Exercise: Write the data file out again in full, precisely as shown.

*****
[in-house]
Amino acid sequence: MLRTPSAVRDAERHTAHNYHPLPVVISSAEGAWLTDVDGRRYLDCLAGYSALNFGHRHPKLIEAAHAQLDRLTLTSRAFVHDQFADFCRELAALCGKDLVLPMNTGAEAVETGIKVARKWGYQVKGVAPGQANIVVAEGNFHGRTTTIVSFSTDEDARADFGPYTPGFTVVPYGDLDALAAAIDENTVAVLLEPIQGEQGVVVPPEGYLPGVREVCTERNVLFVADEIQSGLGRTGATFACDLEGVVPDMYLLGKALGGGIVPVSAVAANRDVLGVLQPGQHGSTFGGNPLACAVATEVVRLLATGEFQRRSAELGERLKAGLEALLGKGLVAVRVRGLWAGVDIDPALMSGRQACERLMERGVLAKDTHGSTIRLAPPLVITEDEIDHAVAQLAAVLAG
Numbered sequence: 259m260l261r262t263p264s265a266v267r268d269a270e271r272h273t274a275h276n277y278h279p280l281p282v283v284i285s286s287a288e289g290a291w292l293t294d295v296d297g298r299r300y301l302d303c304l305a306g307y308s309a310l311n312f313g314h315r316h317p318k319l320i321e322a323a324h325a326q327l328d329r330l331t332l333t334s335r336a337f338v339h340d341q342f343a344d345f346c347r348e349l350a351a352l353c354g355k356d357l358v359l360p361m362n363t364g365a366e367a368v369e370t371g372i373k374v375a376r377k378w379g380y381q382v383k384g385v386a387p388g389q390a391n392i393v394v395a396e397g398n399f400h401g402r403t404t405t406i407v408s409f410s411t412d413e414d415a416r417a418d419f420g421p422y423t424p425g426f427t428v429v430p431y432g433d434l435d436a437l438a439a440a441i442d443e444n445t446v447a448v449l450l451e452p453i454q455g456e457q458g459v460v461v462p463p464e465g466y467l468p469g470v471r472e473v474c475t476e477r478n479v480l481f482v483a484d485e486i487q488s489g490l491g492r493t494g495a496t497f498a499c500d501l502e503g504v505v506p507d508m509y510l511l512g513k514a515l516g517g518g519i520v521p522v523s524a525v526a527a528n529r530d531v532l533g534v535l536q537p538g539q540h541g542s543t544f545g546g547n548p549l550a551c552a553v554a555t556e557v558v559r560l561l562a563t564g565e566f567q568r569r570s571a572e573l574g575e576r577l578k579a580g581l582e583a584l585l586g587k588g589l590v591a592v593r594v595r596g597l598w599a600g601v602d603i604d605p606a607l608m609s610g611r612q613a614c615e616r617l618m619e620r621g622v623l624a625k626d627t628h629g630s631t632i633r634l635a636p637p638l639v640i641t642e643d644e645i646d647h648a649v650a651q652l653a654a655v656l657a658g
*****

[in-house]
Amino acid sequence: MLRTPSAVRDAERHTAHNYHPLPVVISSAEGAWLTDVDGRRYLDCLAGYSALNFGHRHPKLIEAAHAQLDRLTLTSRAFVHDQFADFCRELAALCGKDLVLPMNTGAEAVETGIKVARKWGYQVKGVAPGQANIVVAEGNFHGRTTTIVSFSTDEDARADFGPYTPGFTVVPYGDLDALAAAIDENTVAVLLEPIQGEQGVVVPPEGYLPGVREVCTERNVLFVADEIQSGLGRTGATFACDLEGVVPDMYLLGKALGGGIVPVSAVAANRDVLGVLQPGQHGSTFGGNPLACAVATEVVRLLATGEFQRRSAELGERLKAGLEALLGKGLVAVRVRGLWAGVDIDPALMSGRQACERLMERGVLAKDTHGSTIRLAPPLVITEDEIDHAVAQLAAVLAG
Numbered sequence: 259m260l261r262t263p264s265a266v267r268d269a270e271r272h273t274a275h276n277y278h279p280l281p282v283v284i285s286s287a288e289g290a291w292l293t294d295v296d297g298r299r300y301l302d303c304l305a306g307y308s309a310l311n312f313g314h315r316h317p318k319l320i321e322a323a324h325a326q327l328d329r330l331t332l333t334s335r336a337f338v339h340d341q342f343a344d345f346c347r348e349l350a351a352l353c354g355k356d357l358v359l360p361m362n363t364g365a366e367a368v369e370t371g372i373k374v375a376r377k378w379g380y381q382v383k384g385v386a387p388g389q390a391n392i393v394v395a396e397g398n399f400h401g402r403t404t405t406i407v408s409f410s411t412d413e414d415a416r417a418d419f420g421p422y423t424p425g426f427t428v429v430p431y432g433d434l435d436a437l438a439a440a441i442d443e444n445t446v447a448v449l450l451e452p453i454q455g456e457q458g459v460v461v462p463p464e465g466y467l468p469g470v471r472e473v474c475t476e477r478n479v480l481f482v483a484d485e486i487q488s489g490l491g492r493t494g495a496t497f498a499c500d501l502e503g504v505v506p507d508m509y510l511l512g513k514a515l516g517g518g519i520v521p522v523s524a525v526a527a528n529r530d531v532l533g534v535l536q537p538g539q540h541g542s543t544f545g546g547n548p549l550a551c552a553v554a555t556e557v558v559r560l561l562a563t564g565e566f567q568r569r570s571a572e573l574g575e576r577l578k579a580g581l582e583a584l585l586g587k588g589l590v591a592v593r594v595r596g597l598w599a600g601v602d603i604d605p606a607l608m609s610g611r612q613a614c615e616r617l618m619e620r621g622v623l624a625k626d627t628h629g630s631t632i633r634l635a636p637p638l639v640i641t642e643d644e645i646d647h648a649v650a651q652l653a654a655v656l657a658g